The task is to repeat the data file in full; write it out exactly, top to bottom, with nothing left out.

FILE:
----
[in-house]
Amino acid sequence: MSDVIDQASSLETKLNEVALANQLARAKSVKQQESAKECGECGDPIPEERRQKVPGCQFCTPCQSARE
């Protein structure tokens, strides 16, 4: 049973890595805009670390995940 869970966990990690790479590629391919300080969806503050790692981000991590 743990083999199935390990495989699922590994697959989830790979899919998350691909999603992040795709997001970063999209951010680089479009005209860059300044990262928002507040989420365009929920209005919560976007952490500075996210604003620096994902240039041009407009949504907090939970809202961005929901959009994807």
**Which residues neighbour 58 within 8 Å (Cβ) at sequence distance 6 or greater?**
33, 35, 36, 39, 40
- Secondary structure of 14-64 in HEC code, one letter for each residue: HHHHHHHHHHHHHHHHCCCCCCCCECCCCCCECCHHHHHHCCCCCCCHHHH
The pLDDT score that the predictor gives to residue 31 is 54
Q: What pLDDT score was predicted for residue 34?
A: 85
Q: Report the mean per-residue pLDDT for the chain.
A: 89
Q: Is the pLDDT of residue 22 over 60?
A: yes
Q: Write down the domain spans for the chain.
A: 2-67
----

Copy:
[in-house]
Amino acid sequence: MSDVIDQASSLETKLNEVALANQLARAKSVKQQESAKECGECGDPIPEERRQKVPGCQFCTPCQSARE
């Protein structure tokens, strides 16, 4: 049973890595805009670390995940 869970966990990690790479590629391919300080969806503050790692981000991590 743990083999199935390990495989699922590994697959989830790979899919998350691909999603992040795709997001970063999209951010680089479009005209860059300044990262928002507040989420365009929920209005919560976007952490500075996210604003620096994902240039041009407009949504907090939970809202961005929901959009994807």
**Which residues neighbour 58 within 8 Å (Cβ) at sequence distance 6 or greater?**
33, 35, 36, 39, 40
- Secondary structure of 14-64 in HEC code, one letter for each residue: HHHHHHHHHHHHHHHHCCCCCCCCECCCCCCECCHHHHHHCCCCCCCHHHH
The pLDDT score that the predictor gives to residue 31 is 54
Q: What pLDDT score was predicted for residue 34?
A: 85
Q: Report the mean per-residue pLDDT for the chain.
A: 89
Q: Is the pLDDT of residue 22 over 60?
A: yes
Q: Write down the domain spans for the chain.
A: 2-67